1. Introducing Herbology for the experienced acupuncturist: How to use existing knowledge of acupuncture and Chinese medicine theory to learn herbs as an LAc as opposed to a student. What makes this course different. An inch wide but a mile deep. Fewer, better tools, more deeply understood and more skillfully employed. Learning how to learn, and the power of “by way of example”. Teaching people to fish. How much do you actually need? Trade offs. Differentiating between indications (signs & symptoms), disease diagnosis, pattern diagnosis, treatment principle, and prescription. Introduction to 8 principles of diagnosis and 8 principles of treatment. Strategic herbalism and tactical herbalism. Different styles of formulation, jingfang pai vs. shifang pai vs. diverse repetoire, pros and cons of all three, and intro to how to learn.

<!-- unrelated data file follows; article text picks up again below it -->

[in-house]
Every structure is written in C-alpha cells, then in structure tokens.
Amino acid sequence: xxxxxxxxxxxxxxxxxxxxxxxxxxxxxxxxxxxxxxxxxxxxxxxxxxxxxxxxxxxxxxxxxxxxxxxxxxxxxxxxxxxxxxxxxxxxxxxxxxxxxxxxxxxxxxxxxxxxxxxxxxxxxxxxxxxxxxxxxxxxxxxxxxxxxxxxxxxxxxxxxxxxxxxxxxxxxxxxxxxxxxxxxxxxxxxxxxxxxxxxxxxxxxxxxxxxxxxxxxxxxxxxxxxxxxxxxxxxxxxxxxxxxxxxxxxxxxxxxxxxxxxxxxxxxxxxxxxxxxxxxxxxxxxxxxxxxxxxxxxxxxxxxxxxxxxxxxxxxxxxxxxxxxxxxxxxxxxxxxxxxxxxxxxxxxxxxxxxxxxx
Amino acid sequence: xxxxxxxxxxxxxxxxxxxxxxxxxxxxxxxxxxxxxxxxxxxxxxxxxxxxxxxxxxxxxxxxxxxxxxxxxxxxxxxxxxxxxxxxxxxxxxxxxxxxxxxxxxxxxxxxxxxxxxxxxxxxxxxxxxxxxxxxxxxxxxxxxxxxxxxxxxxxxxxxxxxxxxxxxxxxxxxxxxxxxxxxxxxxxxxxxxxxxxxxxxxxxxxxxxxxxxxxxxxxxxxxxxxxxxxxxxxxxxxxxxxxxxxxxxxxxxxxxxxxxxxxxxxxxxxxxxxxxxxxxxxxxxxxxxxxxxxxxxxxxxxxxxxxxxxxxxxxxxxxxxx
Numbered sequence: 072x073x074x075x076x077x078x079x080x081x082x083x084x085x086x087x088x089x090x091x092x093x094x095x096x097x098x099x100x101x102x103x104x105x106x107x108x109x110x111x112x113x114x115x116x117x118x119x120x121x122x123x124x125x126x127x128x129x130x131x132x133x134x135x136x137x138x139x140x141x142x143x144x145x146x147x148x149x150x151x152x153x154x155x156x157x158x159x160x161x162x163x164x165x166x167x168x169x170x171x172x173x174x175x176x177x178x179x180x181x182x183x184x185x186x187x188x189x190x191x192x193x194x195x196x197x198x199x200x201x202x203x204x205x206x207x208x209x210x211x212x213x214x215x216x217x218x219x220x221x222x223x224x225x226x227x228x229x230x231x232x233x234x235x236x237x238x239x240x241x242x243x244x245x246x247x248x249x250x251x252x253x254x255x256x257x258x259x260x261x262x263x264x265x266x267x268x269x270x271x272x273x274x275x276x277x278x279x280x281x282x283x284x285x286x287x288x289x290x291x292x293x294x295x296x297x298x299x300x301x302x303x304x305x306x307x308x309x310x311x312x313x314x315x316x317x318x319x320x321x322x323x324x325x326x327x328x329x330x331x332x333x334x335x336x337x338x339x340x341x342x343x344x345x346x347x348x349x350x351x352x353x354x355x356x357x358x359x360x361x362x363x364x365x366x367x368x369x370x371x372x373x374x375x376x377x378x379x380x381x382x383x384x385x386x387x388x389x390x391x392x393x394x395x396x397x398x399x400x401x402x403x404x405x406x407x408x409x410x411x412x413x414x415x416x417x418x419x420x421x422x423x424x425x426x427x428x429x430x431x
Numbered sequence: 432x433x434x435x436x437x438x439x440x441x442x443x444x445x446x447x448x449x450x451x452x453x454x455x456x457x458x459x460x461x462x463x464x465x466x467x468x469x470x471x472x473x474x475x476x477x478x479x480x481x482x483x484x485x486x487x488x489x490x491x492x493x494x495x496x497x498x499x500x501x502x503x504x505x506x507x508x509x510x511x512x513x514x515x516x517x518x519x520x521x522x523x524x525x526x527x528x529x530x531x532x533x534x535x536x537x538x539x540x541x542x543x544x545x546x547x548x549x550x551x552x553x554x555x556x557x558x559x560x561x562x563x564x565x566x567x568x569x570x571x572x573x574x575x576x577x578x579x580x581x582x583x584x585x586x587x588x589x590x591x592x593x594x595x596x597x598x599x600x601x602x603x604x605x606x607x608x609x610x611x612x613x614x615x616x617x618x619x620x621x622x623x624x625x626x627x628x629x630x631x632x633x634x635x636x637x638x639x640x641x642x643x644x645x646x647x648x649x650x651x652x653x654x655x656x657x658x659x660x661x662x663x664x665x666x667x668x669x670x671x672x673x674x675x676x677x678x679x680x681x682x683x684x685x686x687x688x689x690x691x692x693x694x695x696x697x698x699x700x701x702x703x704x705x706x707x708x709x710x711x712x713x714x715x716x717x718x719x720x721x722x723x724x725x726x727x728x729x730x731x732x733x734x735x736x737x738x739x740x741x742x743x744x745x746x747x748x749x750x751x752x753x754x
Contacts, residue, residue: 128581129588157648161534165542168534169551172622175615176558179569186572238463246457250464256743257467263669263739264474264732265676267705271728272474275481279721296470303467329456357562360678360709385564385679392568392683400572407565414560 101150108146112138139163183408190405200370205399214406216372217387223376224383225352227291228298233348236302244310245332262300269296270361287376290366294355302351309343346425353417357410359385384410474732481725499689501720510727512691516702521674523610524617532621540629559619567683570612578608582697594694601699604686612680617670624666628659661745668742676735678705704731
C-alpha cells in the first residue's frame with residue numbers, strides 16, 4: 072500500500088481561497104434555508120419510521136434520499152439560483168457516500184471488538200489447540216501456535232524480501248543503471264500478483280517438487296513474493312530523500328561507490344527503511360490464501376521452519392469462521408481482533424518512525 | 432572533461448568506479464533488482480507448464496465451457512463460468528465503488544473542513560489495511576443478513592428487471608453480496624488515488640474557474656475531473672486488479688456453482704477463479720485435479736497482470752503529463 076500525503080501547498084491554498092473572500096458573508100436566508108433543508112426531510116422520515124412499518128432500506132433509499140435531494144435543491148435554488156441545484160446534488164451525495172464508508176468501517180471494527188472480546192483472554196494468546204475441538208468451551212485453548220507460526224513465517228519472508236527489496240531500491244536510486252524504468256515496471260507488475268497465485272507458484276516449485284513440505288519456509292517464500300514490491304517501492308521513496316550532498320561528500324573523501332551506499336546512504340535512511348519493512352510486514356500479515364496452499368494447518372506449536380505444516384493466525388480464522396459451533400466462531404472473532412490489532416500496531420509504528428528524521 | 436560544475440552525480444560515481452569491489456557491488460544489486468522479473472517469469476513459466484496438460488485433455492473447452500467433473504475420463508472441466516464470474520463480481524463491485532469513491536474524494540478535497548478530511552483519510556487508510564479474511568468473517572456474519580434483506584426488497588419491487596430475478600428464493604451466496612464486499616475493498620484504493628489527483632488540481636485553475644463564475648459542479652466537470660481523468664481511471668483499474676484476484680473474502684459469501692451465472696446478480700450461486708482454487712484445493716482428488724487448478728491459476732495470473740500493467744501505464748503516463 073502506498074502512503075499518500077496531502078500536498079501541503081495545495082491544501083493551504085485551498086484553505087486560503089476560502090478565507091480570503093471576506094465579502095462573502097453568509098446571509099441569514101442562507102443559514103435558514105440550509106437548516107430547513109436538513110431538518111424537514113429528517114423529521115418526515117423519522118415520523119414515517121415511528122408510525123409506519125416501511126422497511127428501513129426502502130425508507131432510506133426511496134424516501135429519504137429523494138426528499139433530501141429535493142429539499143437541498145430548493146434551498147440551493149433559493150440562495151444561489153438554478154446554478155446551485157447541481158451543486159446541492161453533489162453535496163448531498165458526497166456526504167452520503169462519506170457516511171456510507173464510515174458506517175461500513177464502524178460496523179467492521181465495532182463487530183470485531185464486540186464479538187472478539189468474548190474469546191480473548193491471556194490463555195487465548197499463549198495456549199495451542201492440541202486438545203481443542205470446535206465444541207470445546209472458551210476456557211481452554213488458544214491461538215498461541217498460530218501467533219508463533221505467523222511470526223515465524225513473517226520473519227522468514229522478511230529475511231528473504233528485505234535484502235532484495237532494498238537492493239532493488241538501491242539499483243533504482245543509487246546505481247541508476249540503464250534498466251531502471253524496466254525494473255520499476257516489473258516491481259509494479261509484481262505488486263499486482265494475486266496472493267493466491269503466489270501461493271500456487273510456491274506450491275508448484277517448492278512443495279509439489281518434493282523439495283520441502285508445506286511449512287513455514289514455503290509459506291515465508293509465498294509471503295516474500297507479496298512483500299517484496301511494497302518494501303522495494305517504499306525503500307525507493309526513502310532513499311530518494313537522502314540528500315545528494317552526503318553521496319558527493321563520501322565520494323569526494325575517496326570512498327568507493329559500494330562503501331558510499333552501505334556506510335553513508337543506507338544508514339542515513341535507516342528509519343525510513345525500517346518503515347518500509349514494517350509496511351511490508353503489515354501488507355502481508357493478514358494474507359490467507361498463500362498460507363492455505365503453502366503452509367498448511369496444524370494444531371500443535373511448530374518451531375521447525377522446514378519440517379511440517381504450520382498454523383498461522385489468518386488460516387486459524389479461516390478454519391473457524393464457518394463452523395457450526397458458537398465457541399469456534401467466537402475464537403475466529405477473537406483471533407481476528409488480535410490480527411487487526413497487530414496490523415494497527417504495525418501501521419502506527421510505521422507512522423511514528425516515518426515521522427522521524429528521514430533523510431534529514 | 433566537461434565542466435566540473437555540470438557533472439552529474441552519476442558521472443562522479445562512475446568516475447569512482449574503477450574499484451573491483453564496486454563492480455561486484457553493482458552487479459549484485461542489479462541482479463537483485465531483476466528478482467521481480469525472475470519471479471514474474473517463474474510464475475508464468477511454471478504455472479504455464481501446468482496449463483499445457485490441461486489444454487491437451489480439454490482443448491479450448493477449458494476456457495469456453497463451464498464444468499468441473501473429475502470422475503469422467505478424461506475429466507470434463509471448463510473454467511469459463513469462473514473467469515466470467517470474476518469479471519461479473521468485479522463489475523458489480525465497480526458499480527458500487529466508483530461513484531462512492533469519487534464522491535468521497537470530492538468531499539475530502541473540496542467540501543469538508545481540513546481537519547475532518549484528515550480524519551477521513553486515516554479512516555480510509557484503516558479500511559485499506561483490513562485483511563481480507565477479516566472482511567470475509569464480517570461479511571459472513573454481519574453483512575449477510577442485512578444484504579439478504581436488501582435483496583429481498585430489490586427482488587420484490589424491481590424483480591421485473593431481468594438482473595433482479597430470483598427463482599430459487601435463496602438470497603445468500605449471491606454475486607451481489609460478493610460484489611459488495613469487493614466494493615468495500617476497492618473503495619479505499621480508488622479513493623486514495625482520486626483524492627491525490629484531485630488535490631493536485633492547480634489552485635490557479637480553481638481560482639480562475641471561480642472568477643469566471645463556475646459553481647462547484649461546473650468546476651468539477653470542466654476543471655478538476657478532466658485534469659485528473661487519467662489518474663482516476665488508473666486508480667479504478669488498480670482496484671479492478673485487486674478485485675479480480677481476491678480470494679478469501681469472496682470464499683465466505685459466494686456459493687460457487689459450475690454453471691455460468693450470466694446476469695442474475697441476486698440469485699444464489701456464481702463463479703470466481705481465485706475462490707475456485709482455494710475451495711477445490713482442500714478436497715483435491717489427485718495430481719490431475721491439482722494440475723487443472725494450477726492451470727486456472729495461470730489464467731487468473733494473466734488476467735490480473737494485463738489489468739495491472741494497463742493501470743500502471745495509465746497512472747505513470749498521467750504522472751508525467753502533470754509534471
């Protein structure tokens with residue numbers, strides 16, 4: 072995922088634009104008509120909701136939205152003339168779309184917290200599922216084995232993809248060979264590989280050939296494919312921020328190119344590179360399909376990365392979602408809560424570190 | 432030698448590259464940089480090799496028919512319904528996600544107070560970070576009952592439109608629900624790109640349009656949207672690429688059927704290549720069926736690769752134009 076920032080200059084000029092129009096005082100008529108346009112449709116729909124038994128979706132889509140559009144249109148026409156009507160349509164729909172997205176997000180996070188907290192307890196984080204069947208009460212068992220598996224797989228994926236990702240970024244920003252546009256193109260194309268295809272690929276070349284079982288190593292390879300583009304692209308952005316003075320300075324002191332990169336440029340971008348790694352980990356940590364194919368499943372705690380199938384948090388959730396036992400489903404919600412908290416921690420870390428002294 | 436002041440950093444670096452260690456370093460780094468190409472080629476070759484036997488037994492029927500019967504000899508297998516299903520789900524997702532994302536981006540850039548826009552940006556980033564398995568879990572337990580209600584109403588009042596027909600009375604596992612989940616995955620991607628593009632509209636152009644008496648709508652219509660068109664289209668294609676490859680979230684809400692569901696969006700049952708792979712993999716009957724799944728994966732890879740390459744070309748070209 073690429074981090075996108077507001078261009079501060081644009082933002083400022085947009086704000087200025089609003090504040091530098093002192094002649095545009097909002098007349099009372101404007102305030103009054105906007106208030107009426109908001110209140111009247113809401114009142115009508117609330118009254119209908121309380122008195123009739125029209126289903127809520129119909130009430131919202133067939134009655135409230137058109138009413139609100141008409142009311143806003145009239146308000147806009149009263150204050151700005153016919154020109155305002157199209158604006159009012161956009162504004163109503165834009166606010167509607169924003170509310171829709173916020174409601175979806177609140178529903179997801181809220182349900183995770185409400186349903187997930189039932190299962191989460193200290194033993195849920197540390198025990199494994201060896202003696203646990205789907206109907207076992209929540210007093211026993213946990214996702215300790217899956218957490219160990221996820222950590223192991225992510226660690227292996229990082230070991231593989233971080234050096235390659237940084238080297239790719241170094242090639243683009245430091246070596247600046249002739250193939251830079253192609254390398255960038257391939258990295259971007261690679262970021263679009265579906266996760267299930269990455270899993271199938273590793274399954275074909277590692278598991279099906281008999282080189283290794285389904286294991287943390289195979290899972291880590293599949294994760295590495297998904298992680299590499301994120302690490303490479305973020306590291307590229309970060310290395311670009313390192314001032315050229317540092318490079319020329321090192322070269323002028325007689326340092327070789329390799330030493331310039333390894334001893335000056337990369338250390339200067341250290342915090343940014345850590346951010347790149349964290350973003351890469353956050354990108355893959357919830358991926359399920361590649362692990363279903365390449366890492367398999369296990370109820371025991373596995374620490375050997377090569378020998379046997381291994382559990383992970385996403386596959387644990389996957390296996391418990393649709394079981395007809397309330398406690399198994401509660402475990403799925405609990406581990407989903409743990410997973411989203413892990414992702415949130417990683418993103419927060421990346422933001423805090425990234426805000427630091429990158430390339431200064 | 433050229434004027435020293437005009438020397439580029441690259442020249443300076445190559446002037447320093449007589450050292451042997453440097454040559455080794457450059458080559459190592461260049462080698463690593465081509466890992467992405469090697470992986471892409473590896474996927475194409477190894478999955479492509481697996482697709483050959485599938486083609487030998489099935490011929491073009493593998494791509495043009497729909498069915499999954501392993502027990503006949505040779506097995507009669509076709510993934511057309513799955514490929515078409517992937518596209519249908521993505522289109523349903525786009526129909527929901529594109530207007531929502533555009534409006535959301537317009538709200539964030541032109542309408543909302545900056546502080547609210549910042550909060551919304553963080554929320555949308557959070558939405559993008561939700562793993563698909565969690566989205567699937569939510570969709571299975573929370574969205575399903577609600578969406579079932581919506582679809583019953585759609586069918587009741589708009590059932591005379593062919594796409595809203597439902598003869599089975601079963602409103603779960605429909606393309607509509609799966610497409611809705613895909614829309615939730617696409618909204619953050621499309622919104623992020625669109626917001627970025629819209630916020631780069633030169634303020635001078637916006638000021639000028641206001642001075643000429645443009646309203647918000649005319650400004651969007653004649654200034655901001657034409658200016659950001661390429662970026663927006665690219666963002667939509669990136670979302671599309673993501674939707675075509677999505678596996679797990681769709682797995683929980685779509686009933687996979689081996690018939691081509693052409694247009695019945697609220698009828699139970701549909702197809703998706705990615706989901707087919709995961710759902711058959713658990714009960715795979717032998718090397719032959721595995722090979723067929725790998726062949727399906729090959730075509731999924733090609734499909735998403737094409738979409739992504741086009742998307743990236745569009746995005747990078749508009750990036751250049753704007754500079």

2. Introduction to basic concepts of formulas and how they work: dui yao pairs, roles (sovereign, minister, assistant, envoy), different means of administration (decoction, granule, etc), special preparation (crush, cook first, add at end, etc), dosage (raw/vacuum, granule, and pediatric), modification by addition, subtraction, pao zhi, and dosage. Clinical relevance of historical source text, and some of the major source texts and periods we’ll be learning formulas from.

    3. a) Introduction to basic concepts of the materia medica and formula book: Chapter and category, action, indication, pattern diagnosis, temperature/taste/channel, dosage range, pao zhi, cautions and contraindications. How to summarize, prioritize, memorize, learn in context, and apply.

    b) Brief review of basic theory concepts and systems of diagnosis as relevant for herbs: yinyang, 5 phases, qi/blood, zangfu, disease evil, (channel collateral), shanghan, and wenbing.